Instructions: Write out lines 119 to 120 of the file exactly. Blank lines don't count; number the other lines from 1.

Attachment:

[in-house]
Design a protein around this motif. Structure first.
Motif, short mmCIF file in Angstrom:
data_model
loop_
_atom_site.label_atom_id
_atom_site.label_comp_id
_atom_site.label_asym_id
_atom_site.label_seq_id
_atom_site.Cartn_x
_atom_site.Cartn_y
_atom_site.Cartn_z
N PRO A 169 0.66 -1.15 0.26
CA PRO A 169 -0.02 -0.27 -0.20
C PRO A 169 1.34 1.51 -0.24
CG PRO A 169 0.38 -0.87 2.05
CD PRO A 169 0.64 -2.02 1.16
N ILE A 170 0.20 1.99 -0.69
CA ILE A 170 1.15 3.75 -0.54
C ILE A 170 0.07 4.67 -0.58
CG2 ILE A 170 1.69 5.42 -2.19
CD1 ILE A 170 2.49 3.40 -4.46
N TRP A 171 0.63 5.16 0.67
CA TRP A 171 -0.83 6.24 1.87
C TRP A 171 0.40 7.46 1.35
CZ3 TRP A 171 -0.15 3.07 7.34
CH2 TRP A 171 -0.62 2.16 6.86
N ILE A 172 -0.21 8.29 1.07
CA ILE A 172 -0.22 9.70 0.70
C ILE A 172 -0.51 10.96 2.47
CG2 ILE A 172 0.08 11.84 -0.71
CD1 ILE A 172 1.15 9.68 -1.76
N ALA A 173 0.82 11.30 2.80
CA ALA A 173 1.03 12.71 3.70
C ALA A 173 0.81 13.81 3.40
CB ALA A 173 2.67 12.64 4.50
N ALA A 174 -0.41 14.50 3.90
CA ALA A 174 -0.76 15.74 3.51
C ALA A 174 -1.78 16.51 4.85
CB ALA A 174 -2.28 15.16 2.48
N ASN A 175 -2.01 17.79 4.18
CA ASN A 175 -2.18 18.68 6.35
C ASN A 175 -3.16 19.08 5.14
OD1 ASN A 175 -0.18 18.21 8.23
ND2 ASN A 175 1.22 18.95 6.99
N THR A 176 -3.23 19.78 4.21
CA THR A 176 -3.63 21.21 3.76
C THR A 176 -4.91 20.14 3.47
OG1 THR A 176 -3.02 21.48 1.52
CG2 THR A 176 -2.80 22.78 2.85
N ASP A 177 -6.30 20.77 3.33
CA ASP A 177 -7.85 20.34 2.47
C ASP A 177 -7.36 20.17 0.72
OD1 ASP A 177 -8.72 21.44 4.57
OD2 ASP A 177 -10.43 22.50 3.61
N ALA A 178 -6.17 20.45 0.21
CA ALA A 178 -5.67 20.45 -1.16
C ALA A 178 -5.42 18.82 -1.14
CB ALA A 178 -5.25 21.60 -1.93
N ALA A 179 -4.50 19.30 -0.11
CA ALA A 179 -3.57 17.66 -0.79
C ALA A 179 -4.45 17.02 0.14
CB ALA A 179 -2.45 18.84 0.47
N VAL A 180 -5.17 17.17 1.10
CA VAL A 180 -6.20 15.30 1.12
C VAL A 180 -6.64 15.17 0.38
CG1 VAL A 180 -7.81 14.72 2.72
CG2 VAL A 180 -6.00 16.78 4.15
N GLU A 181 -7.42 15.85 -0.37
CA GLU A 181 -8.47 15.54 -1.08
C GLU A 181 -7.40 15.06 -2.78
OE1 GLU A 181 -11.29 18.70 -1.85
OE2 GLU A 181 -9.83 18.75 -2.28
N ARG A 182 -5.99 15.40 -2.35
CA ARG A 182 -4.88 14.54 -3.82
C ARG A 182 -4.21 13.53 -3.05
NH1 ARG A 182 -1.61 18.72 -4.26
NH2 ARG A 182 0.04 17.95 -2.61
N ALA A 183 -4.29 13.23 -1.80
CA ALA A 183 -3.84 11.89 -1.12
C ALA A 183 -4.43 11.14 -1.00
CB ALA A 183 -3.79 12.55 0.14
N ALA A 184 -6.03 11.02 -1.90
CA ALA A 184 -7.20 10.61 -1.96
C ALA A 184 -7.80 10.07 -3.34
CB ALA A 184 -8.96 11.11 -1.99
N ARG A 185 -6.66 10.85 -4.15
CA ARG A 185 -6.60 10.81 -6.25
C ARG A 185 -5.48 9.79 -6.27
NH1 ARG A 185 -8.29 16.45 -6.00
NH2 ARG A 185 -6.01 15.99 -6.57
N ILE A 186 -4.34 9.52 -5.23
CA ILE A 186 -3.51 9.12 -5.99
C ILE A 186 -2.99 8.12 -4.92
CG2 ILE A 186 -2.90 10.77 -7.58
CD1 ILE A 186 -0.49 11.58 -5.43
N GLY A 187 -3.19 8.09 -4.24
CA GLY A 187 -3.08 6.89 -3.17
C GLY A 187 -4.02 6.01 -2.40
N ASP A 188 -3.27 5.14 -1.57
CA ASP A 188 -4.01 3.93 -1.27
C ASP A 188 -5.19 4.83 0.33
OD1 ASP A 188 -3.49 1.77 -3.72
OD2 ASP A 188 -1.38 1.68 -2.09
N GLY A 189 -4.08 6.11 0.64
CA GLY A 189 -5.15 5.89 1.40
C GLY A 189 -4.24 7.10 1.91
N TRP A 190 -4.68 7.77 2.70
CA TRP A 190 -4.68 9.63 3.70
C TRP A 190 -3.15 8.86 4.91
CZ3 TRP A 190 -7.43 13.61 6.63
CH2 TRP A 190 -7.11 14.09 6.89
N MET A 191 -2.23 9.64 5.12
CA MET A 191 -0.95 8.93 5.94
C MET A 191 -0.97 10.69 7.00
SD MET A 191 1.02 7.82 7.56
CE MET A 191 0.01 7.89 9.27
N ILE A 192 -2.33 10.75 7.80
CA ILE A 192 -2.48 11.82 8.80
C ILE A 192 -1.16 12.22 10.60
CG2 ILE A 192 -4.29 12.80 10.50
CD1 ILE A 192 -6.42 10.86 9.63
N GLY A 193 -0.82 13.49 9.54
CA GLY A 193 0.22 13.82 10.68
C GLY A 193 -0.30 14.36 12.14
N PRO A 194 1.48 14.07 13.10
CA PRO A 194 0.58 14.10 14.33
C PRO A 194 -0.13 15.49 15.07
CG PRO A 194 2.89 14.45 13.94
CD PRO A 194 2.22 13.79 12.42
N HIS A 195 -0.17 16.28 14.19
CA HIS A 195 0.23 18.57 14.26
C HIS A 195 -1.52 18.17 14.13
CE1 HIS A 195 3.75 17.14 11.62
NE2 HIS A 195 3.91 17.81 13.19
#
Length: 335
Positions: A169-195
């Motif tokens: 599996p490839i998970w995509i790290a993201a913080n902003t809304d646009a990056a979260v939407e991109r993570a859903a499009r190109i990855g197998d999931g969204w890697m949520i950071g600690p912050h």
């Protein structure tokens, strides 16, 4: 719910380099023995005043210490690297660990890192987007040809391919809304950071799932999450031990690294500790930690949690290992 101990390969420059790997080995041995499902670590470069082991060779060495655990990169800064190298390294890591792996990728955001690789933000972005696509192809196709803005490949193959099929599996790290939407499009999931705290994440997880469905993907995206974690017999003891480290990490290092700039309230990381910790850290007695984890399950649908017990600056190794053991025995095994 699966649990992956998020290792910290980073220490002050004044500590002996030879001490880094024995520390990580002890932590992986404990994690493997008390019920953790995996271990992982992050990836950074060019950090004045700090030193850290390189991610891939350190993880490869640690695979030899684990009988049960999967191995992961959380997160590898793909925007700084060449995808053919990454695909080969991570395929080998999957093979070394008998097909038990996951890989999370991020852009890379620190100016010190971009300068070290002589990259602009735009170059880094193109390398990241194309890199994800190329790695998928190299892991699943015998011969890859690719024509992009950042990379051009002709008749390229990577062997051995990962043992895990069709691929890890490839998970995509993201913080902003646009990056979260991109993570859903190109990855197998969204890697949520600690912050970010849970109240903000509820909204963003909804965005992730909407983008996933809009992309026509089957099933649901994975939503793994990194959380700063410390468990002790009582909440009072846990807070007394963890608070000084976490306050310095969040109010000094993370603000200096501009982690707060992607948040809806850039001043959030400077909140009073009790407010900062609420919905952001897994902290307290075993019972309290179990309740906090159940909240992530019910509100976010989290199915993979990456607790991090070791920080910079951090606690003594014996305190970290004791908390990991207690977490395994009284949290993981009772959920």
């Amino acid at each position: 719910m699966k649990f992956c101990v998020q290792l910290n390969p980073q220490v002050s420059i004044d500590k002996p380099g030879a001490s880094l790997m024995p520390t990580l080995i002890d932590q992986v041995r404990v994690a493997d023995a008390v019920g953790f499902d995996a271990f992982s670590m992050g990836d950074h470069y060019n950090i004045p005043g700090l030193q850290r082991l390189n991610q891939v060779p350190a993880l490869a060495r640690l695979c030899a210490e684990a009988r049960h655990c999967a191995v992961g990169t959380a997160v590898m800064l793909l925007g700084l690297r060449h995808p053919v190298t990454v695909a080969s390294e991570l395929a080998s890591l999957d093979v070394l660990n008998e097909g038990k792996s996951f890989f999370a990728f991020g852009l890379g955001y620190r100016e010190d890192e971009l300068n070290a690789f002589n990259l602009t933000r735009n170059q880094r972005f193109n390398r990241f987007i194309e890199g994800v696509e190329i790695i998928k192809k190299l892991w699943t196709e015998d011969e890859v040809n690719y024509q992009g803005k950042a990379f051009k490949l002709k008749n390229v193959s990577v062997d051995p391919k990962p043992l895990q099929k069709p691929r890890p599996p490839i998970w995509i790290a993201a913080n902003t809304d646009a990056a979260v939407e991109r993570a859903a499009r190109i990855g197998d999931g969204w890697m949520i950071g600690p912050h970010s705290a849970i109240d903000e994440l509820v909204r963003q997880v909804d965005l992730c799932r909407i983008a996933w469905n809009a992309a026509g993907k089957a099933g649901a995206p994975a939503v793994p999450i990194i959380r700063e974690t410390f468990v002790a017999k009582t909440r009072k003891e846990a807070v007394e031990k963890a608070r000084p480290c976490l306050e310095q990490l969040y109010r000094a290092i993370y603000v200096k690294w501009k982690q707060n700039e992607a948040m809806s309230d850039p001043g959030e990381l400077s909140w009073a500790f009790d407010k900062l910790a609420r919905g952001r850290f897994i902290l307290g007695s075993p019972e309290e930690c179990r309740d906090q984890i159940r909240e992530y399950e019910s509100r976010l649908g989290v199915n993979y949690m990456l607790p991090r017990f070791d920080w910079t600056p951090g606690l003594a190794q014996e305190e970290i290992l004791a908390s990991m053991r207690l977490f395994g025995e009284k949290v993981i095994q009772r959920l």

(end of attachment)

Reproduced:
CA ILE A 192 -2.48 11.82 8.80
C ILE A 192 -1.16 12.22 10.60